A real person handled this situation in a compassionate and expeditious manner! Wow….that sure doesn’t happen when one tries to get through phone menu hell. Not that I’ve had to contact American Express…perhaps its phone services are equally good, but I’ve had the occasional mishap with mobile services and have lost a credit card or two over the past 40 years, to be totally frustrated by the process of remedying the issues with the respective providers.

So, thank you American Express. And, especially thank you to the Social Media Inquiry group at AskAmex. And, I’m totally stoked on the power of social media! For me, it has returned me to the good old days of PEOPLE who support you when stuff happens. I feel like the group is my friend!

Thursday, December 24, 2009

A look back enables a prediction for the future of HCM technologies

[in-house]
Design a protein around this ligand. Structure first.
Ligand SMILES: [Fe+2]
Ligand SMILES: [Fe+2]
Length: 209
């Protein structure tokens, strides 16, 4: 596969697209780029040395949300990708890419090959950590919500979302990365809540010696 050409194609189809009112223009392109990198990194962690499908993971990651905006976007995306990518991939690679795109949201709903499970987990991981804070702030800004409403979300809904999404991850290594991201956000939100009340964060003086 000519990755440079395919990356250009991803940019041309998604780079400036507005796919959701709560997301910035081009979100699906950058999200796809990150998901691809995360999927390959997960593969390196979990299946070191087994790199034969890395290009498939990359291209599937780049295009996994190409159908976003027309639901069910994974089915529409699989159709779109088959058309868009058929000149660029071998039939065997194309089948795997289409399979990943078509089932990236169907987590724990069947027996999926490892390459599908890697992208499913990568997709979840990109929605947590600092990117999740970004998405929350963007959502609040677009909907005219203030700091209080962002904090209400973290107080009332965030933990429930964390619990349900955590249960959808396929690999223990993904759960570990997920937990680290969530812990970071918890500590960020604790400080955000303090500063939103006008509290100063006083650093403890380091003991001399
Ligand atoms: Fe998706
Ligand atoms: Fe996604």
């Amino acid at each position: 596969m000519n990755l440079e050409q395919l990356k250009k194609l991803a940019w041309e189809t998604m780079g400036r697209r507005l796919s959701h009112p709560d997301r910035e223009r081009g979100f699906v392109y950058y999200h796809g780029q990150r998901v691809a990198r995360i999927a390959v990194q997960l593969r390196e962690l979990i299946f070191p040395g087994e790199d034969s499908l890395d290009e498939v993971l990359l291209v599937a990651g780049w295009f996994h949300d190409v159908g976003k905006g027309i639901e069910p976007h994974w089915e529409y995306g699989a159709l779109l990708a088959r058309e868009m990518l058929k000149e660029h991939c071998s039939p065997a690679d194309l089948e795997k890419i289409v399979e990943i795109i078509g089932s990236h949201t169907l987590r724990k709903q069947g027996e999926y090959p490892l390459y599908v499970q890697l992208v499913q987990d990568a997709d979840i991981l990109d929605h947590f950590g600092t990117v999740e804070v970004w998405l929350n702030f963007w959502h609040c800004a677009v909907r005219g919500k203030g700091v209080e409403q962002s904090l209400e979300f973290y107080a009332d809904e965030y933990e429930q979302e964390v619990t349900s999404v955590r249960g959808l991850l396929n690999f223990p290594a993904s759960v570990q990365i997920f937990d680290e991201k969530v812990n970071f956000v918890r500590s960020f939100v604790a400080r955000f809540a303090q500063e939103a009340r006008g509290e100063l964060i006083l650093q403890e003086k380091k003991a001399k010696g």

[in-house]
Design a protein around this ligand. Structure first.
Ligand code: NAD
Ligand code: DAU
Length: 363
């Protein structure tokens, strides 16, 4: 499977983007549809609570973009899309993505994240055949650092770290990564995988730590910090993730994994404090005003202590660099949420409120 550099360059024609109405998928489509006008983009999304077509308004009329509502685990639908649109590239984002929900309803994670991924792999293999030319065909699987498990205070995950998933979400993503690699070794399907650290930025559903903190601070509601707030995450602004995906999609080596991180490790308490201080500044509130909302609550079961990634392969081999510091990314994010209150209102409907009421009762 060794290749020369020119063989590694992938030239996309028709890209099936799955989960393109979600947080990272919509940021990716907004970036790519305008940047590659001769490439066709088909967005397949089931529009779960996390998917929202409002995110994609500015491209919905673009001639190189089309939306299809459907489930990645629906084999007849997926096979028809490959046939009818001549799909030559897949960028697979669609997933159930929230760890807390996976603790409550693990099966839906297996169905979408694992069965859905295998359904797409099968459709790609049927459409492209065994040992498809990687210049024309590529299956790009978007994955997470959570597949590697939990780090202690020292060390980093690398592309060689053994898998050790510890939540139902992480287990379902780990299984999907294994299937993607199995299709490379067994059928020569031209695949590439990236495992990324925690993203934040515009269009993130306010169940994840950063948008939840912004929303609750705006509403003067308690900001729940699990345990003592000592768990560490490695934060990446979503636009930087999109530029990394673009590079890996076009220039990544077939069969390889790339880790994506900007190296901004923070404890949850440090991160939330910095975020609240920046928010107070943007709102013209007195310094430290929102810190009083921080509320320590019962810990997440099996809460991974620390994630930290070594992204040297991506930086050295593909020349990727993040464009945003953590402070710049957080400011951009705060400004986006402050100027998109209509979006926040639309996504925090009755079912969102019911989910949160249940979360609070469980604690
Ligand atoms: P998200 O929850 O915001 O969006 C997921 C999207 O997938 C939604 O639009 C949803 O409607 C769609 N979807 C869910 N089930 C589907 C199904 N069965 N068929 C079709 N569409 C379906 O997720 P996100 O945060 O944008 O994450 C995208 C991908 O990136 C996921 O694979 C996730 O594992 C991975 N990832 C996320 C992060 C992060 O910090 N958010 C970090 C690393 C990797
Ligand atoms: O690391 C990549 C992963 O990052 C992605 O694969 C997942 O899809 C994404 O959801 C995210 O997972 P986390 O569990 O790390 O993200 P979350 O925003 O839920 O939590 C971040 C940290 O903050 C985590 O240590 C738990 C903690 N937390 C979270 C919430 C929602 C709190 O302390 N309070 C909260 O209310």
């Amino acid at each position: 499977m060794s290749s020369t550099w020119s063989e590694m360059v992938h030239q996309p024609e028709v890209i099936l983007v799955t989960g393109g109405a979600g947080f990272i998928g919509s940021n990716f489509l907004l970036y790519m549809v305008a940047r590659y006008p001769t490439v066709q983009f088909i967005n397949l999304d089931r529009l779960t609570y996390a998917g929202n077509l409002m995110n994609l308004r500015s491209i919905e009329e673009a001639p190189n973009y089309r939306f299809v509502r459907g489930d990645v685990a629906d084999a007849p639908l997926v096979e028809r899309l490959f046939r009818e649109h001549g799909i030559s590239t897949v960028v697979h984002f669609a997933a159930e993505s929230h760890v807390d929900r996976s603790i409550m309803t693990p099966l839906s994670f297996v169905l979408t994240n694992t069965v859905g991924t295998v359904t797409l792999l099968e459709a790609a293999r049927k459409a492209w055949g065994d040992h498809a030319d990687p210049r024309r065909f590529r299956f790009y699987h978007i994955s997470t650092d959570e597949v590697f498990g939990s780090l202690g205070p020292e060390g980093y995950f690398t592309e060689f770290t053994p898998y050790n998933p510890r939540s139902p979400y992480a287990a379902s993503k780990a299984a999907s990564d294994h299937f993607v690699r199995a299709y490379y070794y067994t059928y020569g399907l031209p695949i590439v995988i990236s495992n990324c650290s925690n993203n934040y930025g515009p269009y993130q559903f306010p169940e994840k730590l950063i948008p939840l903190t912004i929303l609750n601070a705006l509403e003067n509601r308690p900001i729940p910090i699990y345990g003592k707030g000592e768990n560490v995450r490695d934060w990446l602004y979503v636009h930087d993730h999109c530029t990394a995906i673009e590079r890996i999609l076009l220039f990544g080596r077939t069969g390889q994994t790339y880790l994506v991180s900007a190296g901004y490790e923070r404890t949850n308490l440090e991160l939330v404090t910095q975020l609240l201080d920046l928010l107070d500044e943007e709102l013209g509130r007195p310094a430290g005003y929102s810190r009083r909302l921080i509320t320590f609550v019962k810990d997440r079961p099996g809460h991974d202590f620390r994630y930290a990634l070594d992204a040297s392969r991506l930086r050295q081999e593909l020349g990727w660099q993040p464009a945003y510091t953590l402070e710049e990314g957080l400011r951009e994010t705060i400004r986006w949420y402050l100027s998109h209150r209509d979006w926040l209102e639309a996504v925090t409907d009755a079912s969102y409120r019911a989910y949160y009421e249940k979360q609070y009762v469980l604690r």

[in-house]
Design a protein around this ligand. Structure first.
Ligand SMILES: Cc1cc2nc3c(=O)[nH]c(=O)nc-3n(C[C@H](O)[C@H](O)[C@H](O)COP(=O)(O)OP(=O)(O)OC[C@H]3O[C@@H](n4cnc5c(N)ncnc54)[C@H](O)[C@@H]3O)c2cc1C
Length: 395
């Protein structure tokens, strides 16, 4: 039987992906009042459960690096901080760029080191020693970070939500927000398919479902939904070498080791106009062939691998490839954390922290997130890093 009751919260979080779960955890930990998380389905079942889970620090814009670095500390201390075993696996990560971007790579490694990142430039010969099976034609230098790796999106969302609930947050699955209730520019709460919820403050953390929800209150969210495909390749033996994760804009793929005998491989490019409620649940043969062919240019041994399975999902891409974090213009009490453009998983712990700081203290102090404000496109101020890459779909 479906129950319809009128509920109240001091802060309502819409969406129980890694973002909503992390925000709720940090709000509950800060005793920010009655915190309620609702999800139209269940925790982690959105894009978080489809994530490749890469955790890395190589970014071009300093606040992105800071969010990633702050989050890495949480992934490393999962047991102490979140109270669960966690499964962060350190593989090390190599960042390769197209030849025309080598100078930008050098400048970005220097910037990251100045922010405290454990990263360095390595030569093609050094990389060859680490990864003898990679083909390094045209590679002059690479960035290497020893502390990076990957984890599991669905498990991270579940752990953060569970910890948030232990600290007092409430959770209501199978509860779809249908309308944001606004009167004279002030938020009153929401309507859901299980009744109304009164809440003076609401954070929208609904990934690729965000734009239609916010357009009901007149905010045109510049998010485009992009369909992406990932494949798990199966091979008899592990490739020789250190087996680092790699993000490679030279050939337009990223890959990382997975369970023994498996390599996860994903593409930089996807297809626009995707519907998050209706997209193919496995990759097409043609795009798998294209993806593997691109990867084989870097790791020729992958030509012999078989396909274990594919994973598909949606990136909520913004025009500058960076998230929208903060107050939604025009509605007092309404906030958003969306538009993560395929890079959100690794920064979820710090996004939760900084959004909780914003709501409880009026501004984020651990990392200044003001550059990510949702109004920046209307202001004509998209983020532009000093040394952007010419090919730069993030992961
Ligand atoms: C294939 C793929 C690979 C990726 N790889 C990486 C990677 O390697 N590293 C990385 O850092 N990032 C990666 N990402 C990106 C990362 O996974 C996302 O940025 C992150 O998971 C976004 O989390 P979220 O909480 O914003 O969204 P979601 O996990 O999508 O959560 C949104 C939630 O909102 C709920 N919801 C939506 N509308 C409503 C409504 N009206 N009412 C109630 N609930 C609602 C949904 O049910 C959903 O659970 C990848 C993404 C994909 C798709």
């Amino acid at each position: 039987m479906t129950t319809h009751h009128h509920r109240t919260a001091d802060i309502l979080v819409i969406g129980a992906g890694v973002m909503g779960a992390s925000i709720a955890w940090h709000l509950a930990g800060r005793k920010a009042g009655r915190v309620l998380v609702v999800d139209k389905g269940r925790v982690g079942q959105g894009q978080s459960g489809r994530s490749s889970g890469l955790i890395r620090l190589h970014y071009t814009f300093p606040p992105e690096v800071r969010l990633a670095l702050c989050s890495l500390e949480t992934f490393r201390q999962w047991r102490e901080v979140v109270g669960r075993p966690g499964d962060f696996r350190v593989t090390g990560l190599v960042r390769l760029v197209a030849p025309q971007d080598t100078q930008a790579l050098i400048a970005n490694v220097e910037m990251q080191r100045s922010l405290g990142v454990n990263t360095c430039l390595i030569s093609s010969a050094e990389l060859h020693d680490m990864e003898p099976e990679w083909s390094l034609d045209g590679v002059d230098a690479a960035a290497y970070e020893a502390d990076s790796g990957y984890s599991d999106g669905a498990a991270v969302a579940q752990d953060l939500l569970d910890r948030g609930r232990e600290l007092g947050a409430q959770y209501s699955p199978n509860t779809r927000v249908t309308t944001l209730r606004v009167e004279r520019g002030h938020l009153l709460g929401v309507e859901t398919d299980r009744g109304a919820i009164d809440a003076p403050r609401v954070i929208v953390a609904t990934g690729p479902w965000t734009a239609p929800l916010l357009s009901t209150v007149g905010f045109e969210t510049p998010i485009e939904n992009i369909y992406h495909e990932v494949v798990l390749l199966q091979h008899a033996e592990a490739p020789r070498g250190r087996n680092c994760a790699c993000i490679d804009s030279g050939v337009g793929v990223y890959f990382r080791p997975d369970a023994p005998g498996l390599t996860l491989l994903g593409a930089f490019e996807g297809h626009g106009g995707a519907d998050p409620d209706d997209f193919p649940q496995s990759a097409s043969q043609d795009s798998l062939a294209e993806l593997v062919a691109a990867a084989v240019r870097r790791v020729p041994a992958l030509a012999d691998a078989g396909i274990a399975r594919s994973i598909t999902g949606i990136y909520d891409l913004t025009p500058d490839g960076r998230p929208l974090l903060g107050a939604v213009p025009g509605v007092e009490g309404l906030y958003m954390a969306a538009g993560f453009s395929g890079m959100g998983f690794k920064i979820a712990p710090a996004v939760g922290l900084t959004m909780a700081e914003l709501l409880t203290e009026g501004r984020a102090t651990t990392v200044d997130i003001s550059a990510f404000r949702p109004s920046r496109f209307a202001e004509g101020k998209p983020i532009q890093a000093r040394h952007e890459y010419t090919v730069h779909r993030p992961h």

I was reading Jim Holincheck's 20 and 10 year look back, plus his predictions for today and 10 years from now. It got me thinking about my past as a futurist, working at the Institute for the Future and my time working with Patty Seybold.. OK...briefly, I've been working over 40 years, started as a programmer at Bank of America, then a couple of mutual fund companies, worked internationally at Dupont in Switzerland, then Stanford University Hospital and started my consulting work in 1980 at SRI International, followed by IFTF, then Patty, some time on my own and then The Hunter Group which has morphed into Cedar and now CedarCrestone. Up until Hunter, I used to change jobs every four years, but this has been a place where instead of leaving, I can evolve my work. But whew....that's a lot of work!

Anyway...when I started consulting work, it was as an adviser about office automation. IBM, Digital Equipment, Wang, Hewlett-Packard, Xerox and others all had these word processors or computers that evolved into integrated systems by adding data processing, email, decision support. To make a long story short about what happened....eventually, the functionality of all these vendors' office automation offerings looked alike, and here's the important part: the ONLY differentiation was the service and support the vendor or consultants provided!